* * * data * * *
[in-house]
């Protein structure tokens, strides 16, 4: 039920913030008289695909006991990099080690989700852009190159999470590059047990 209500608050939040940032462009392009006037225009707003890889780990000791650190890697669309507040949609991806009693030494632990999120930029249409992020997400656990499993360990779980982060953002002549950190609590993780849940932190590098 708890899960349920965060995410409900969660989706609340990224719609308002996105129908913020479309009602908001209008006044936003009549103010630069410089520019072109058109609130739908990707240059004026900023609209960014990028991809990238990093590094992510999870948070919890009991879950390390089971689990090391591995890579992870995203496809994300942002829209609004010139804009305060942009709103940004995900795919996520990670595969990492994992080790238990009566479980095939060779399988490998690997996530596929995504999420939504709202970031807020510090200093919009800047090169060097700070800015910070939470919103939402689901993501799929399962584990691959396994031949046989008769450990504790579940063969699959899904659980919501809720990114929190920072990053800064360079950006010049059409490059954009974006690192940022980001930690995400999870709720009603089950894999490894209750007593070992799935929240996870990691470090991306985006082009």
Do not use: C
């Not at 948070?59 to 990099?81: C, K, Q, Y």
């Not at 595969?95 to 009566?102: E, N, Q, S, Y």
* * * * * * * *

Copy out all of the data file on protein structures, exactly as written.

[in-house]
């Protein structure tokens, strides 16, 4: 039920913030008289695909006991990099080690989700852009190159999470590059047990 209500608050939040940032462009392009006037225009707003890889780990000791650190890697669309507040949609991806009693030494632990999120930029249409992020997400656990499993360990779980982060953002002549950190609590993780849940932190590098 708890899960349920965060995410409900969660989706609340990224719609308002996105129908913020479309009602908001209008006044936003009549103010630069410089520019072109058109609130739908990707240059004026900023609209960014990028991809990238990093590094992510999870948070919890009991879950390390089971689990090391591995890579992870995203496809994300942002829209609004010139804009305060942009709103940004995900795919996520990670595969990492994992080790238990009566479980095939060779399988490998690997996530596929995504999420939504709202970031807020510090200093919009800047090169060097700070800015910070939470919103939402689901993501799929399962584990691959396994031949046989008769450990504790579940063969699959899904659980919501809720990114929190920072990053800064360079950006010049059409490059954009974006690192940022980001930690995400999870709720009603089950894999490894209750007593070992799935929240996870990691470090991306985006082009």
Do not use: C
């Not at 948070?59 to 990099?81: C, K, Q, Y």
């Not at 595969?95 to 009566?102: E, N, Q, S, Y």